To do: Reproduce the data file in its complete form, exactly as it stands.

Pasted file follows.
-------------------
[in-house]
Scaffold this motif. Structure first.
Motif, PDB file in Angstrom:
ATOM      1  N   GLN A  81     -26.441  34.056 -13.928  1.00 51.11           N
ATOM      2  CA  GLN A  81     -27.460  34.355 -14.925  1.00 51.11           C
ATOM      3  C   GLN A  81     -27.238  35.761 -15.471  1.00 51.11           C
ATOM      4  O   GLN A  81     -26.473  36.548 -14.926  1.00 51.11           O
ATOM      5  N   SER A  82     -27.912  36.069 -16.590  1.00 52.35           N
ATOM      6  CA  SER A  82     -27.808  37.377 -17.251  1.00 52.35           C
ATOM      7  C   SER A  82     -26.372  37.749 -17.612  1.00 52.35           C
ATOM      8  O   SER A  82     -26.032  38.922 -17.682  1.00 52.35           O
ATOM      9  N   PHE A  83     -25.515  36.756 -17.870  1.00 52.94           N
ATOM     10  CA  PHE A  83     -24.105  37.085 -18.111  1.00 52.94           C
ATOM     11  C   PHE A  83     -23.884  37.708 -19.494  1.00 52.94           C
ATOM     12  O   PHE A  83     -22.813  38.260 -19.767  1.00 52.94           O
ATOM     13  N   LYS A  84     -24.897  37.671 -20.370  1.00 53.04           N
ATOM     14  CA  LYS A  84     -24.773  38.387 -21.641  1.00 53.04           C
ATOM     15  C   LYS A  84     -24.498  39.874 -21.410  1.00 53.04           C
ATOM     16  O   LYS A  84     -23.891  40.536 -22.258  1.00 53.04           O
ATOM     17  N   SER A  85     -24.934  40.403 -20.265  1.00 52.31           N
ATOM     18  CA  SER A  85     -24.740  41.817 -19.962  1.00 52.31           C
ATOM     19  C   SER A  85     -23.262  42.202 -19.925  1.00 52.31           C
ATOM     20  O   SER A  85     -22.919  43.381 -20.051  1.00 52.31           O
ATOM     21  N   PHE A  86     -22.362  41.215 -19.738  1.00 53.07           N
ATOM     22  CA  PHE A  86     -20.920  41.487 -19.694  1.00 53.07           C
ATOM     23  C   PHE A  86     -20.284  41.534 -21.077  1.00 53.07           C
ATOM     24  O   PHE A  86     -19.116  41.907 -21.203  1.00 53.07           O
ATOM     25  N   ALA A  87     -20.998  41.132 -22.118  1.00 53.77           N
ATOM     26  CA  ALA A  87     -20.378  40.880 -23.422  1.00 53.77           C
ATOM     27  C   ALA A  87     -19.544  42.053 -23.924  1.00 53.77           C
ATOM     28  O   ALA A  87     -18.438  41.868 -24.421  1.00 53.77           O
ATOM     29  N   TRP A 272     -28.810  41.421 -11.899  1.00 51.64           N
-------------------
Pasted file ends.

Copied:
[in-house]
Scaffold this motif. Structure first.
Motif, PDB file in Angstrom:
ATOM      1  N   GLN A  81     -26.441  34.056 -13.928  1.00 51.11           N
ATOM      2  CA  GLN A  81     -27.460  34.355 -14.925  1.00 51.11           C
ATOM      3  C   GLN A  81     -27.238  35.761 -15.471  1.00 51.11           C
ATOM      4  O   GLN A  81     -26.473  36.548 -14.926  1.00 51.11           O
ATOM      5  N   SER A  82     -27.912  36.069 -16.590  1.00 52.35           N
ATOM      6  CA  SER A  82     -27.808  37.377 -17.251  1.00 52.35           C
ATOM      7  C   SER A  82     -26.372  37.749 -17.612  1.00 52.35           C
ATOM      8  O   SER A  82     -26.032  38.922 -17.682  1.00 52.35           O
ATOM      9  N   PHE A  83     -25.515  36.756 -17.870  1.00 52.94           N
ATOM     10  CA  PHE A  83     -24.105  37.085 -18.111  1.00 52.94           C
ATOM     11  C   PHE A  83     -23.884  37.708 -19.494  1.00 52.94           C
ATOM     12  O   PHE A  83     -22.813  38.260 -19.767  1.00 52.94           O
ATOM     13  N   LYS A  84     -24.897  37.671 -20.370  1.00 53.04           N
ATOM     14  CA  LYS A  84     -24.773  38.387 -21.641  1.00 53.04           C
ATOM     15  C   LYS A  84     -24.498  39.874 -21.410  1.00 53.04           C
ATOM     16  O   LYS A  84     -23.891  40.536 -22.258  1.00 53.04           O
ATOM     17  N   SER A  85     -24.934  40.403 -20.265  1.00 52.31           N
ATOM     18  CA  SER A  85     -24.740  41.817 -19.962  1.00 52.31           C
ATOM     19  C   SER A  85     -23.262  42.202 -19.925  1.00 52.31           C
ATOM     20  O   SER A  85     -22.919  43.381 -20.051  1.00 52.31           O
ATOM     21  N   PHE A  86     -22.362  41.215 -19.738  1.00 53.07           N
ATOM     22  CA  PHE A  86     -20.920  41.487 -19.694  1.00 53.07           C
ATOM     23  C   PHE A  86     -20.284  41.534 -21.077  1.00 53.07           C
ATOM     24  O   PHE A  86     -19.116  41.907 -21.203  1.00 53.07           O
ATOM     25  N   ALA A  87     -20.998  41.132 -22.118  1.00 53.77           N
ATOM     26  CA  ALA A  87     -20.378  40.880 -23.422  1.00 53.77           C
ATOM     27  C   ALA A  87     -19.544  42.053 -23.924  1.00 53.77           C
ATOM     28  O   ALA A  87     -18.438  41.868 -24.421  1.00 53.77           O
ATOM     29  N   TRP A 272     -28.810  41.421 -11.899  1.00 51.64           N